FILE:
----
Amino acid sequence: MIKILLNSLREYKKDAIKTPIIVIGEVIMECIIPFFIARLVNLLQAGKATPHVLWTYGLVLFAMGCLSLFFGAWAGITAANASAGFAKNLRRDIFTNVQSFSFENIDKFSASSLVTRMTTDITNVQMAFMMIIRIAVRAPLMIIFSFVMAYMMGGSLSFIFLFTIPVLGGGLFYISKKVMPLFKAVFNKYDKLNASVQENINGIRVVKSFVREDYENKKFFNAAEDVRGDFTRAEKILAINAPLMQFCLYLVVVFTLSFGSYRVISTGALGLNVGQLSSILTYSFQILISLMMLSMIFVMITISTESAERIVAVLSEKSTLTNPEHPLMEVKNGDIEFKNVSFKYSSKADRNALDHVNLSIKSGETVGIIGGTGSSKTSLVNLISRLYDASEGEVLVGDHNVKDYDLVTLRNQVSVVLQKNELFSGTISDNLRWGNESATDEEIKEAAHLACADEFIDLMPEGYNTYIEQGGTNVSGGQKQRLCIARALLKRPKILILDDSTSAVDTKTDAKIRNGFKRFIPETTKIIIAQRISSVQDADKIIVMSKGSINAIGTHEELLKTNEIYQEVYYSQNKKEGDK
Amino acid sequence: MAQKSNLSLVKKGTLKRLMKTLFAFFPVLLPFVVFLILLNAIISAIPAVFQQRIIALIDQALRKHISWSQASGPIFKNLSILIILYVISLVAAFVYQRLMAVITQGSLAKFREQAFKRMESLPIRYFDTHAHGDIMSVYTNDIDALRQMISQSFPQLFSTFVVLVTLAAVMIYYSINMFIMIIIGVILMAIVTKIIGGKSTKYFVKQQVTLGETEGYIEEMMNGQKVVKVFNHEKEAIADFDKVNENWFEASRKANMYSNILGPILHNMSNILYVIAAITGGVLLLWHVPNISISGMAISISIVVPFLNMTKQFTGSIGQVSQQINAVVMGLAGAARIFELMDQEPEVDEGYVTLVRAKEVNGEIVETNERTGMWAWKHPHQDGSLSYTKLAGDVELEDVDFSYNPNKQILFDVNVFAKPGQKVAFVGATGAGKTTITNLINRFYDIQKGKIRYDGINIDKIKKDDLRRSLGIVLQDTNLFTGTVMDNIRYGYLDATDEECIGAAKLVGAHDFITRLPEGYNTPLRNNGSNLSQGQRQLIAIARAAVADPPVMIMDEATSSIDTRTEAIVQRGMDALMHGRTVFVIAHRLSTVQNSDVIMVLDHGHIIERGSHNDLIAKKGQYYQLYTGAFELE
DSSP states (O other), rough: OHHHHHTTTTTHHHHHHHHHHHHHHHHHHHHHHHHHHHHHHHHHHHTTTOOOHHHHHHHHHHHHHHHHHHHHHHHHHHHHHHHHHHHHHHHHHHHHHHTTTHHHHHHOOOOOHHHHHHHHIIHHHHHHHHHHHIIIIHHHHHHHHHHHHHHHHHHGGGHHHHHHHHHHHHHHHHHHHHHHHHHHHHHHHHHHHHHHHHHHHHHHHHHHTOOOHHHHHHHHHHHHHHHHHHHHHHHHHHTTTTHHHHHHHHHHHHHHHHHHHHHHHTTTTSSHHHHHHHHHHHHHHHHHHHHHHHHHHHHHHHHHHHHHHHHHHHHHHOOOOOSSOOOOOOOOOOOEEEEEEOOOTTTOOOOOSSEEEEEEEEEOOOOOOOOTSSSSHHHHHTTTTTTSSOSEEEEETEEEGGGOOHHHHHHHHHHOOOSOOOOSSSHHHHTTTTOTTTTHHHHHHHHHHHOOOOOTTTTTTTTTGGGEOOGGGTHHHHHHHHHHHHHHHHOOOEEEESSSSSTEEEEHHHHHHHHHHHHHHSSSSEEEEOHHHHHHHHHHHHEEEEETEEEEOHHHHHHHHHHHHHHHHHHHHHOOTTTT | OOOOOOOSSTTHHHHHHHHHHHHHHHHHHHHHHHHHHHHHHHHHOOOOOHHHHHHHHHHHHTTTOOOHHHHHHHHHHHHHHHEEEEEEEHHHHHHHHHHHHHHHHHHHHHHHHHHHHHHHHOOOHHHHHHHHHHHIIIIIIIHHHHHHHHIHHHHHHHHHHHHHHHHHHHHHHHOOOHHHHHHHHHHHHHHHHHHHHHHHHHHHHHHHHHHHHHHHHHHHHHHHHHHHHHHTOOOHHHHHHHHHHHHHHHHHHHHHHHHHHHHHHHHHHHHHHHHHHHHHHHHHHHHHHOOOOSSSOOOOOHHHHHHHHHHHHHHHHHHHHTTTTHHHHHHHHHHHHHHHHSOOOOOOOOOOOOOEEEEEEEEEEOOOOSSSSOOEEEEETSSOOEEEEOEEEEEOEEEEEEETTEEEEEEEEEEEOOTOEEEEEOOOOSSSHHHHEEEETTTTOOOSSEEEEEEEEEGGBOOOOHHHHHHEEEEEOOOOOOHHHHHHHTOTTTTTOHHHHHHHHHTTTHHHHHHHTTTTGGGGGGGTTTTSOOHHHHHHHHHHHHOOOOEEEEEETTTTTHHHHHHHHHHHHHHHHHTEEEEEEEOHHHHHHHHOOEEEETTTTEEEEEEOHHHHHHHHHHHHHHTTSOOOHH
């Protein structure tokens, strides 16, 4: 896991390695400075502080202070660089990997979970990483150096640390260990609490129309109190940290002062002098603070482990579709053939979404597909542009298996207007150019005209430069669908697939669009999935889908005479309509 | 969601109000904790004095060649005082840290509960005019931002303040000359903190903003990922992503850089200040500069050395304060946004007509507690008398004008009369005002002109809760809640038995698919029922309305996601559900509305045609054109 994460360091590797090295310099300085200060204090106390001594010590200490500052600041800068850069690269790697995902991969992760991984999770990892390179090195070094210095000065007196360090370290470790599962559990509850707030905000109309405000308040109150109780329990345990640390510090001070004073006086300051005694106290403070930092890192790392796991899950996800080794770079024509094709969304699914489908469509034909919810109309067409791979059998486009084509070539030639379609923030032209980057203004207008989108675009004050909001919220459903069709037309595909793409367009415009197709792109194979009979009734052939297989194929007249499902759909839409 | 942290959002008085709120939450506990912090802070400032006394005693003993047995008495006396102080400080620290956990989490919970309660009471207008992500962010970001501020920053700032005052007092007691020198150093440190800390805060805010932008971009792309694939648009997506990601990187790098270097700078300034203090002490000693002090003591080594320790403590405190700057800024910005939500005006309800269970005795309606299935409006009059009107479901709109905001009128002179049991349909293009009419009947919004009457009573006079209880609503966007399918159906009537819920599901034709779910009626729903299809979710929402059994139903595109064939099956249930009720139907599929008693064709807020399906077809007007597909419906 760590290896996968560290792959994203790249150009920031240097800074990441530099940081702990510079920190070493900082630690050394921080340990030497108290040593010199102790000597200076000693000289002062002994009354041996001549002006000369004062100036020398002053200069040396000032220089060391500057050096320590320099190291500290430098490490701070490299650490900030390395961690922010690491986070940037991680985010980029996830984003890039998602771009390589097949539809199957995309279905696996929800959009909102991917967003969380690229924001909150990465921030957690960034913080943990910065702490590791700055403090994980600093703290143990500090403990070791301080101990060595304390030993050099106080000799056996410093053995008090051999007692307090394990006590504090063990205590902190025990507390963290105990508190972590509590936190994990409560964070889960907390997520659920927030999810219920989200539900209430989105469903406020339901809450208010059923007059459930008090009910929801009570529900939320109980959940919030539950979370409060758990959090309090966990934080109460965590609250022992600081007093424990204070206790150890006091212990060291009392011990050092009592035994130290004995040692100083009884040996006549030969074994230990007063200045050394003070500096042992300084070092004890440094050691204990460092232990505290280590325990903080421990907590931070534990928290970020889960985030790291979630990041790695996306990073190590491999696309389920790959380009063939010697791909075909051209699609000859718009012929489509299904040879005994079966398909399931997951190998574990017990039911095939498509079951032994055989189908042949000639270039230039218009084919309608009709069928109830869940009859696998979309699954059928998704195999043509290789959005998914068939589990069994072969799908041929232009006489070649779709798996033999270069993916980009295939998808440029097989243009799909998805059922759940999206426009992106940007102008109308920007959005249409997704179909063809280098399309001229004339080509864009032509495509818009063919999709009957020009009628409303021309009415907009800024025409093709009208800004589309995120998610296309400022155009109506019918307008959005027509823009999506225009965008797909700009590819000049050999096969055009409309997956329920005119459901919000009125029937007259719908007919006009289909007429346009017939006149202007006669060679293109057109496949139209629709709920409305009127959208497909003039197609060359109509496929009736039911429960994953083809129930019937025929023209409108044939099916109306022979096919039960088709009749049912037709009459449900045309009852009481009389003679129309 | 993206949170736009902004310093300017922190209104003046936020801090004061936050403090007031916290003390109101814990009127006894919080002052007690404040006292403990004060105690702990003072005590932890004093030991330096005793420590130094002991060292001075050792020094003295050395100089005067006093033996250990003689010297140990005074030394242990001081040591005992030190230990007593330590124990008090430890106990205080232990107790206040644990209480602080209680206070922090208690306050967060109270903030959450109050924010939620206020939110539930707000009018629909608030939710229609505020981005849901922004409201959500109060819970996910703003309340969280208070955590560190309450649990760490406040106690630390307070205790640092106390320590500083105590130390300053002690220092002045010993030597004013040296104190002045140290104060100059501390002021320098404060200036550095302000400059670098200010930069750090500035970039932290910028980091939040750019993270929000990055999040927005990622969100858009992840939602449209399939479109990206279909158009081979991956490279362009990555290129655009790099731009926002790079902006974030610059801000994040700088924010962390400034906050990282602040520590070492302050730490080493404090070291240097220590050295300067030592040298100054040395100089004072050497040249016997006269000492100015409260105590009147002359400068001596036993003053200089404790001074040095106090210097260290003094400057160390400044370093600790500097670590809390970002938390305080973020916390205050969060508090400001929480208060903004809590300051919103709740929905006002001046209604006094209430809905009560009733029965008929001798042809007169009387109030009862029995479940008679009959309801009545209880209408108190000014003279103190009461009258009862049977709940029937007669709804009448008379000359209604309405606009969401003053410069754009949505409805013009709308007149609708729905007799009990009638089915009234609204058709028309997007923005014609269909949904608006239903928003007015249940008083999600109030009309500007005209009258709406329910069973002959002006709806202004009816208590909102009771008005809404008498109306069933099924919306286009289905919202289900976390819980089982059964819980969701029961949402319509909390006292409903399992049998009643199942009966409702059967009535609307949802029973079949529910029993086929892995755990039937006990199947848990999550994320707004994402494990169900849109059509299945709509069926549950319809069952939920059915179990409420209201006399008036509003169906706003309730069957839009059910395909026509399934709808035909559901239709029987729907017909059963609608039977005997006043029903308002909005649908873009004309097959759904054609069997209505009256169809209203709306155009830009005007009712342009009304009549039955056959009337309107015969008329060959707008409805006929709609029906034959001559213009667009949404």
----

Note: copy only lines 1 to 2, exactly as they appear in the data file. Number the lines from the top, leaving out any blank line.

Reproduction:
Amino acid sequence: MIKILLNSLREYKKDAIKTPIIVIGEVIMECIIPFFIARLVNLLQAGKATPHVLWTYGLVLFAMGCLSLFFGAWAGITAANASAGFAKNLRRDIFTNVQSFSFENIDKFSASSLVTRMTTDITNVQMAFMMIIRIAVRAPLMIIFSFVMAYMMGGSLSFIFLFTIPVLGGGLFYISKKVMPLFKAVFNKYDKLNASVQENINGIRVVKSFVREDYENKKFFNAAEDVRGDFTRAEKILAINAPLMQFCLYLVVVFTLSFGSYRVISTGALGLNVGQLSSILTYSFQILISLMMLSMIFVMITISTESAERIVAVLSEKSTLTNPEHPLMEVKNGDIEFKNVSFKYSSKADRNALDHVNLSIKSGETVGIIGGTGSSKTSLVNLISRLYDASEGEVLVGDHNVKDYDLVTLRNQVSVVLQKNELFSGTISDNLRWGNESATDEEIKEAAHLACADEFIDLMPEGYNTYIEQGGTNVSGGQKQRLCIARALLKRPKILILDDSTSAVDTKTDAKIRNGFKRFIPETTKIIIAQRISSVQDADKIIVMSKGSINAIGTHEELLKTNEIYQEVYYSQNKKEGDK
Amino acid sequence: MAQKSNLSLVKKGTLKRLMKTLFAFFPVLLPFVVFLILLNAIISAIPAVFQQRIIALIDQALRKHISWSQASGPIFKNLSILIILYVISLVAAFVYQRLMAVITQGSLAKFREQAFKRMESLPIRYFDTHAHGDIMSVYTNDIDALRQMISQSFPQLFSTFVVLVTLAAVMIYYSINMFIMIIIGVILMAIVTKIIGGKSTKYFVKQQVTLGETEGYIEEMMNGQKVVKVFNHEKEAIADFDKVNENWFEASRKANMYSNILGPILHNMSNILYVIAAITGGVLLLWHVPNISISGMAISISIVVPFLNMTKQFTGSIGQVSQQINAVVMGLAGAARIFELMDQEPEVDEGYVTLVRAKEVNGEIVETNERTGMWAWKHPHQDGSLSYTKLAGDVELEDVDFSYNPNKQILFDVNVFAKPGQKVAFVGATGAGKTTITNLINRFYDIQKGKIRYDGINIDKIKKDDLRRSLGIVLQDTNLFTGTVMDNIRYGYLDATDEECIGAAKLVGAHDFITRLPEGYNTPLRNNGSNLSQGQRQLIAIARAAVADPPVMIMDEATSSIDTRTEAIVQRGMDALMHGRTVFVIAHRLSTVQNSDVIMVLDHGHIIERGSHNDLIAKKGQYYQLYTGAFELE